Improper Sleep Patterns Are Fraught With Obesity, Hypertension And Diabetes

Table of contents:

Improper Sleep Patterns Are Fraught With Obesity, Hypertension And Diabetes
Improper Sleep Patterns Are Fraught With Obesity, Hypertension And Diabetes

Video: Improper Sleep Patterns Are Fraught With Obesity, Hypertension And Diabetes

Отличия серверных жестких дисков от десктопных
Video: Sleep Disturbances Obesity and Type 2 Diabetes: Interacting Epidemics 2023, February
Anonim

Improper sleep patterns are fraught with obesity, hypertension and diabetes

A large difference in sleep schedule from day to day increases the risk of simultaneously developing metabolic disorders, including high blood sugar, blood pressure, and excess fat. This is evidenced by data from a study published in Diabetes Care.

Improper sleep patterns are fraught with obesity, hypertension and diabetes
Improper sleep patterns are fraught with obesity, hypertension and diabetes

Large nightly fluctuations in sleep time or bedtime increase the likelihood of serious health problems such as obesity, hypertension, diabetes, and high cholesterol levels. This is the conclusion of a recent study conducted at Brigham Women's Hospital and Harvard Medical School in Boston and published in Diabetes Care.

Sleep deprivation has long been linked to a wide range of metabolic disorders, but much of the research in this area has focused on the effect of average sleep.

“Large differences in sleep patterns from night to night (in both the length of rest and the timing of falling asleep) are associated with a higher risk of metabolic problems, in particular multiple and concurrent metabolic disorders. The negative effects of short sleep on some days of the week cannot be compensated for by an increase in sleep on other days,”said one of the study's authors, Tianyi Huang.

The study involved 2003 people aged 45 to 84 years. Scientists tracked their sleep at home over the course of a week using actigraphs (devices that measure sleep and wake times that are worn on the wrists). The authors then monitored the health of the participants for 6 years.

Study participants went to bed on average around 11:40 pm and slept for about 7 hours and 15 minutes each night. Fluctuations in sleep duration were more than one hour in about 66% of them, and in bedtime - in 45%.

A total of 707 participants (35%) had metabolic syndrome or multiple types of metabolic disorders that increase the risk of cardiovascular disease, including high blood pressure, high blood sugar, excess fat around the waist, and abnormal cholesterol levels or triglycerides.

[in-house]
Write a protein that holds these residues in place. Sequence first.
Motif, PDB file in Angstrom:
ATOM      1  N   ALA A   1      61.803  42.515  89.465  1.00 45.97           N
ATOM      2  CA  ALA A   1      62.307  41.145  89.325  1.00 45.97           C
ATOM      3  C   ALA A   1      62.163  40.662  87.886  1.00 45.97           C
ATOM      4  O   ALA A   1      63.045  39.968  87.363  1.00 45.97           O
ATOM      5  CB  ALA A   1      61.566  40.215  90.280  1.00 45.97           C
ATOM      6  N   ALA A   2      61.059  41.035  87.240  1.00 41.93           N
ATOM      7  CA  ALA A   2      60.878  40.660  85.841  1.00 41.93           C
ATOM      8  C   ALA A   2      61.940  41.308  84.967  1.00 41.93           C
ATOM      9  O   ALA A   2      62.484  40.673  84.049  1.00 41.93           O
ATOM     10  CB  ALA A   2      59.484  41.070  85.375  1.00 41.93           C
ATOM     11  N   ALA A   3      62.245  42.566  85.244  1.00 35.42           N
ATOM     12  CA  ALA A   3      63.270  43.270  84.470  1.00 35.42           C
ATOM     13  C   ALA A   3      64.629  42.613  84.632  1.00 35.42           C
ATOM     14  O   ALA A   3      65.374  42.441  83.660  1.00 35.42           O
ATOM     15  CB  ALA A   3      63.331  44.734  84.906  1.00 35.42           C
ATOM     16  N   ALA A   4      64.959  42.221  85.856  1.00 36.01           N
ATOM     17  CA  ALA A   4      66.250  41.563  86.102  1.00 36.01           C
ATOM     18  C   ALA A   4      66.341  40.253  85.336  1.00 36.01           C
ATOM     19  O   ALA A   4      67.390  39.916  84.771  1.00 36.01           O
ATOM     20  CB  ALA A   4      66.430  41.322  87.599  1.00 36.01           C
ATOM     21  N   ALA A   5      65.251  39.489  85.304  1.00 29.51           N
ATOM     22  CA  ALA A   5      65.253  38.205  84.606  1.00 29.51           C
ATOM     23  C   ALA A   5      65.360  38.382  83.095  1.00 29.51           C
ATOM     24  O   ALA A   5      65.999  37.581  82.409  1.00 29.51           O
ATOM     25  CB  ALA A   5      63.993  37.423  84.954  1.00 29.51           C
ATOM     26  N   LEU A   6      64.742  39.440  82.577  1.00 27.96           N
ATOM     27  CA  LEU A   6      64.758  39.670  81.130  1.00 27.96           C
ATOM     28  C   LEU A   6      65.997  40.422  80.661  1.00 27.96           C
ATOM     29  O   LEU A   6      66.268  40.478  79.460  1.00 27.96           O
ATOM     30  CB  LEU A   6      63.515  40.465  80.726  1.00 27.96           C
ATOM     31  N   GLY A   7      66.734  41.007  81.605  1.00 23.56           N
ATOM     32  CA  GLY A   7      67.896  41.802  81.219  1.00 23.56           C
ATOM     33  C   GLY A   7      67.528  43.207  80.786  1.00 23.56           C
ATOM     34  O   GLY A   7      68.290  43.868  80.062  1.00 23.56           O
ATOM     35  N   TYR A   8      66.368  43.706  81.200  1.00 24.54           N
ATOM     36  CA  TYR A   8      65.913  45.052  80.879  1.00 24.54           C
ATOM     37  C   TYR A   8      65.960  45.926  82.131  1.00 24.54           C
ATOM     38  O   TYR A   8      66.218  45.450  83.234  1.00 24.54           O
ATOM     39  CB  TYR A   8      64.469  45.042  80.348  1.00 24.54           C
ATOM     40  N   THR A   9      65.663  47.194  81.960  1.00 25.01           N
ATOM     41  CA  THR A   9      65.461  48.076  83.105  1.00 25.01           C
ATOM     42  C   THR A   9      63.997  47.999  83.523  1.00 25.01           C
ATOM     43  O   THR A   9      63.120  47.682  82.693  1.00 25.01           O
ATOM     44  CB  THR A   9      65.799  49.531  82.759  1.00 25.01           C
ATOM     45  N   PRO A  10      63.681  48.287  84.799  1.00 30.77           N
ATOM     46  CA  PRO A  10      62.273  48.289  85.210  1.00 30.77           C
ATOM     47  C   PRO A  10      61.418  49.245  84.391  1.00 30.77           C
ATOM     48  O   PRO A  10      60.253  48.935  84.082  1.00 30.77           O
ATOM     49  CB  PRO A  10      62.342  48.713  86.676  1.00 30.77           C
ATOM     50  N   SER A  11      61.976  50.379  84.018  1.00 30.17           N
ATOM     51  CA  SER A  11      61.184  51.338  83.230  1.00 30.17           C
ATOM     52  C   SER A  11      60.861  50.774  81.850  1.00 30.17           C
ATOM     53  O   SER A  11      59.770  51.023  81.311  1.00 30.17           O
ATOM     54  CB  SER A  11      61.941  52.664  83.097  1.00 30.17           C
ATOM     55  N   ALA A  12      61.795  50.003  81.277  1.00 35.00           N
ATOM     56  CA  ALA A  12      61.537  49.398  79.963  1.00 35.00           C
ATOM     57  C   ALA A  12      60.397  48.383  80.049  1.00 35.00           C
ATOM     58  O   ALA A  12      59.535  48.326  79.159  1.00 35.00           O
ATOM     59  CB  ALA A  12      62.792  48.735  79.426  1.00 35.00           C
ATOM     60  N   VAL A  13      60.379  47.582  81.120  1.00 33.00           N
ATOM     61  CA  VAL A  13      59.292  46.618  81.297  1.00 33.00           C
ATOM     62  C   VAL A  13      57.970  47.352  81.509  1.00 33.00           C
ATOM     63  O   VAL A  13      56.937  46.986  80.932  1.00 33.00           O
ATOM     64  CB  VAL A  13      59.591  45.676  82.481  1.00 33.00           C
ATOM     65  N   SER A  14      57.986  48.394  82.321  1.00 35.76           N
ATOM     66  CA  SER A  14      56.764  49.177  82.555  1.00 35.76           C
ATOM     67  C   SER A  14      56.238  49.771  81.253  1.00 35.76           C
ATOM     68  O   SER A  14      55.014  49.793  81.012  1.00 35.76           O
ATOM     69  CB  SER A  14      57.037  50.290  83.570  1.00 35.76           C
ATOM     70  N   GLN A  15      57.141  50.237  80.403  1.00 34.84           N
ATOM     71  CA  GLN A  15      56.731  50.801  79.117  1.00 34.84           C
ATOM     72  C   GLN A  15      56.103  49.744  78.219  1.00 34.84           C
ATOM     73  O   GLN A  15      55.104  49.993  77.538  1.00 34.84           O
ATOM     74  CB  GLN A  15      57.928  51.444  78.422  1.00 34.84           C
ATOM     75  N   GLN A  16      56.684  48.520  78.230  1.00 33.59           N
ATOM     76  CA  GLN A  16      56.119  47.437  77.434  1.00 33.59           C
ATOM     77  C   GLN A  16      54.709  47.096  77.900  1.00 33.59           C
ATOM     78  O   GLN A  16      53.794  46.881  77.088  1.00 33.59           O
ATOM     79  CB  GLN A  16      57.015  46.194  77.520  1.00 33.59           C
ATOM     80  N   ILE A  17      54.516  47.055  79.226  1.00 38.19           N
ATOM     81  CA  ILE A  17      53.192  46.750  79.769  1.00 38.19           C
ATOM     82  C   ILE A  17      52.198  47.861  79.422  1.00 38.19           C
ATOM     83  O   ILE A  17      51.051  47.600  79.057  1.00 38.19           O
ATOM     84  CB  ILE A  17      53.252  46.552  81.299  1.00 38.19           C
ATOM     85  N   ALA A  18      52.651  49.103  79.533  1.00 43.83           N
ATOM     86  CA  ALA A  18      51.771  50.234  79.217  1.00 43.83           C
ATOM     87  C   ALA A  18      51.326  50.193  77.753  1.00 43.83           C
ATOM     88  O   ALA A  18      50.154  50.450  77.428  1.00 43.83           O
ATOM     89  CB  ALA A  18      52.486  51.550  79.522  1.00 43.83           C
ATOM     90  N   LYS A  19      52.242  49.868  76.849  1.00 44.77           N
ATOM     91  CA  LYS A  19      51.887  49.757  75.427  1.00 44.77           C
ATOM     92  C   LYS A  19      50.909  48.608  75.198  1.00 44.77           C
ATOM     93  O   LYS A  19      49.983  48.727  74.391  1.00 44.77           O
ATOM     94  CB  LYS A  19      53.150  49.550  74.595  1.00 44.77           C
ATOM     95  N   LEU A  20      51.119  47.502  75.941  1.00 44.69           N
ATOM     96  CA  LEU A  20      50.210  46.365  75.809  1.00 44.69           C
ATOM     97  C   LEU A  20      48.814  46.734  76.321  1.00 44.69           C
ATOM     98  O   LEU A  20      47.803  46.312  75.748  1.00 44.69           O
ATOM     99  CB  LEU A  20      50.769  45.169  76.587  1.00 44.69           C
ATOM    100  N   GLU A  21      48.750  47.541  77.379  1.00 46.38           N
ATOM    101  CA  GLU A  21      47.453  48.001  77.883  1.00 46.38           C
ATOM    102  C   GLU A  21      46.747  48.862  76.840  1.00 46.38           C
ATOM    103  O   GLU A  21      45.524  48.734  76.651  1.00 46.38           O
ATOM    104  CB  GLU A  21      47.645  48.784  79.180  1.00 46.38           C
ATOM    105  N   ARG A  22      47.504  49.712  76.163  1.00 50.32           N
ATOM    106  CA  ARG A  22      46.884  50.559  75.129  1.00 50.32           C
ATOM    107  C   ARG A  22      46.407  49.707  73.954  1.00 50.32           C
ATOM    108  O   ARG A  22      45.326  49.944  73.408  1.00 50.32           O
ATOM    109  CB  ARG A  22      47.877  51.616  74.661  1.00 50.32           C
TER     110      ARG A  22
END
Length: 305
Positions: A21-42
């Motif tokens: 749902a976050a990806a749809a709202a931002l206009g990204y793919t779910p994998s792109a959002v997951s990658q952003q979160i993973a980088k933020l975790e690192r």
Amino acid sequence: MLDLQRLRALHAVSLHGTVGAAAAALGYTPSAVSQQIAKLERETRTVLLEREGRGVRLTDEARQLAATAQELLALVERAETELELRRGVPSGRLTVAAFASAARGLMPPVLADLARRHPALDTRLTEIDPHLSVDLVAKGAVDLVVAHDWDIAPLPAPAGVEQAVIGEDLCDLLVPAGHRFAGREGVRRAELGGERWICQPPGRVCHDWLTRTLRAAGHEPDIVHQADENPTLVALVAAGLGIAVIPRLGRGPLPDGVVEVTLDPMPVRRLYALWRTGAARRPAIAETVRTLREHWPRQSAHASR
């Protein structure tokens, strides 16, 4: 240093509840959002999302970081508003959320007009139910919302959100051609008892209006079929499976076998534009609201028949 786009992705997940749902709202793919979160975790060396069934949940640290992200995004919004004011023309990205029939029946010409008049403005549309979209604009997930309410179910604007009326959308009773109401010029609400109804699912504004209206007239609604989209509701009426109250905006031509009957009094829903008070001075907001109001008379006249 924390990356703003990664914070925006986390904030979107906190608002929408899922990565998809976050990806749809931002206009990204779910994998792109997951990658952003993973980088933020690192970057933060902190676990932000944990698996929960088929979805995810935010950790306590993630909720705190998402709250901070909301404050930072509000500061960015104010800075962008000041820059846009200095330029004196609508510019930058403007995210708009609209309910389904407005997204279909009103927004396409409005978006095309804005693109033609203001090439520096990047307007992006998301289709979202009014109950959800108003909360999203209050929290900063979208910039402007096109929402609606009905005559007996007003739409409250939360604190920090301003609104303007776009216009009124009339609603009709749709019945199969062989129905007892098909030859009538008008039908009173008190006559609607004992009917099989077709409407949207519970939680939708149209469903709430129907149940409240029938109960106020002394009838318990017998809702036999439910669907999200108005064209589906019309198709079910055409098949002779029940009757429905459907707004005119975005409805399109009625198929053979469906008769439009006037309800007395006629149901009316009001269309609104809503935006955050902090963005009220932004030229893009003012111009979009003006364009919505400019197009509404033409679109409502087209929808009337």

With shifts in sleep mode from one to one and a half hours, the likelihood of metabolic syndrome increased by 27%, from one and a half to two hours - by 41%, and more than two hours - by 57% (compared with fluctuations of less than 1 hour). With regard to the length of night sleep, there was a 14% increase in risk if the sleep time varied from one hour to one and a half hours, and by 58% if the fluctuations exceeded one and a half hours.

Sleep research was conducted for a relatively short period. Therefore, it may not reflect the participants' sleep patterns for a longer time. In addition, the study was not a controlled experiment, so no causal relationship was established.

“The reason that increased variability in sleep patterns is detrimental to metabolic health may have to do with our biological clock. If we fall asleep at different times and sleep for different amounts of time, our internal clocks are likely to have a hard time synchronizing, which contributes to impaired body function,”suggested Kristen Knutson of Northwestern University's Feinberg School of Medicine in Chicago, which was not involved. in the study.

The Centers for Disease Control and Prevention (US) recommends that most adults get at least 7 hours of sleep per night. To get enough sleep for the required amount of time without waking up at night, you should go to bed at the same time, sleep in a dark room without any electronic devices, and avoid heavy meals, caffeine and alcohol before bed.

Popular by topic